Pumps. Once you know how big your pond will be you can size your pump. Absolute, absolute minimum is to filter your water at least once an hour. Keep in mind that pump ratings are before figuring head pressure, so a 1500-gallon pond should have at least a 2000 gallon per hour pump. More is better. We filter our display pond and most of our holding tanks six times an hour. We will try to talk you into a pump or pumps that will filter your pond two or three times an hour. The two big differences between good pumps and cheap pumps is, one, how long they last (We have many pumps here that have been running for ten years and more) and, two, how much power they draw. If you save a hundred bucks buying a pump that costs you an extra 10 bucks a month in electric to run, you haven’t saved anything. Years ago, external pumps were more reliable and efficient, but over the last fifteen years or more, submersible pumps are now both more reliable and more efficient. For larger ponds we recommend two medium pumps rather than one big one. Two 5200 gph pumps use less electricity combined than one 8000 gph pump by itself, give you more total flow AND give you some redundancy so you still have filtration even if one pump goes out.
Again, depending on which type of pond you have decided to go with, you should plan for either a waterfall filter, a bog filter or a pressurized filter. What is most important is that it is big enough for your pond. Realize that all manufacturers over-rate their products. (Ford says my truck gets 23 mpg. Yeah, right.) We generally say start at about two-thirds of the rating as being more realistic, and again, you can never have too much filter. We have a nice separate write-up on filtration for you to refer to.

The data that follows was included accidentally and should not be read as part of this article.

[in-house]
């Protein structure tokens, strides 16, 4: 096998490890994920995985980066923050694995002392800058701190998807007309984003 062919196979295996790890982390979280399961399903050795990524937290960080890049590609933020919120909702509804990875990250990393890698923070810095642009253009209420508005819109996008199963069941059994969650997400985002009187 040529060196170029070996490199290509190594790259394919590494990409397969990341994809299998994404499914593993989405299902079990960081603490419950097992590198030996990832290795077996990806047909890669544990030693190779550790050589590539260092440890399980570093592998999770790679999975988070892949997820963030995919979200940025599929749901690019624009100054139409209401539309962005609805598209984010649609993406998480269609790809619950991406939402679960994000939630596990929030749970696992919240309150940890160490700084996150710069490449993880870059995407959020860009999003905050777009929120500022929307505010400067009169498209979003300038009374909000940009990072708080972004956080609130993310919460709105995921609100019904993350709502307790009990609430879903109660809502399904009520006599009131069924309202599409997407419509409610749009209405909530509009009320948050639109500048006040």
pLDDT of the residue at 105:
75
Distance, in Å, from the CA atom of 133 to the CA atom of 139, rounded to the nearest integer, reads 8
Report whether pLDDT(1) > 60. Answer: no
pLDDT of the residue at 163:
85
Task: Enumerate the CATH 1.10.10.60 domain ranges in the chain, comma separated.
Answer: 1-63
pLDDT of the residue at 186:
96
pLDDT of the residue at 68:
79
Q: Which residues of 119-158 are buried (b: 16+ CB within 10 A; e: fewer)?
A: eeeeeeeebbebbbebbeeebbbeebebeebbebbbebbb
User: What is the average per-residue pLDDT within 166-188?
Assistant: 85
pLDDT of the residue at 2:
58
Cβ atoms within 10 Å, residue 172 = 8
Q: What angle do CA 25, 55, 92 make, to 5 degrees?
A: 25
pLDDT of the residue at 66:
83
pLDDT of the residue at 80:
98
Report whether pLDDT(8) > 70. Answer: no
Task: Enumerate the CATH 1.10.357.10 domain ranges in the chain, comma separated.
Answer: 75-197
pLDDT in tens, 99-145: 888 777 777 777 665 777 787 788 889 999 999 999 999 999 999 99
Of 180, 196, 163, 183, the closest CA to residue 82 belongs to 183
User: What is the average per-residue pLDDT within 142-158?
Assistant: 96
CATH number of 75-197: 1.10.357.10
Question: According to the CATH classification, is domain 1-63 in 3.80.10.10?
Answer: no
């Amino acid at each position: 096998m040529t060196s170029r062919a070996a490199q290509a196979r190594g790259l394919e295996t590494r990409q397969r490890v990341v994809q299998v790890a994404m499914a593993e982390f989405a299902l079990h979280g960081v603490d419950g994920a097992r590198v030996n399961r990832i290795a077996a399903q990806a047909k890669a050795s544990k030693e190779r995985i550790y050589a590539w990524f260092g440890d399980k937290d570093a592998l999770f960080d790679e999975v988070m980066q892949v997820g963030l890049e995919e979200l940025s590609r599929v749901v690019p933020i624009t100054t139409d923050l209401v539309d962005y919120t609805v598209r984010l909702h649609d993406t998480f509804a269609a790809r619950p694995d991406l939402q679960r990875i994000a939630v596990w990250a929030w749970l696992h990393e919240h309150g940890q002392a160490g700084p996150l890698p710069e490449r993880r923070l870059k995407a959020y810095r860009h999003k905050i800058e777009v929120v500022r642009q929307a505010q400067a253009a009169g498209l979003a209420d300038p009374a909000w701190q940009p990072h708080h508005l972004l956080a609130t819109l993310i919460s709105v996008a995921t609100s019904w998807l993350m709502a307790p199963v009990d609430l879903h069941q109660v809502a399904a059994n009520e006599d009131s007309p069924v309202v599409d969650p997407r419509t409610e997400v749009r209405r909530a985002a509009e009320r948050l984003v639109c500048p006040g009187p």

We strongly urge you to use a skimmer. It will make pond maintenance easier and thus pond ownership more enjoyable and will help your pump last years longer by better protecting it. Skimmers come in all prices and qualities. We recommend the Savio as far and away the best designed and best made available. It is easily many times better than any others on the market. If you want a cheap piece of crap, go on-line and buy it, we won’t sell it to you. The Savio skimmer also has the advantage of allowing you to install uv lights directly in the skimmer, saving plumbing hassles, making for a more elegant and better looking installation and making changing the bulbs easier.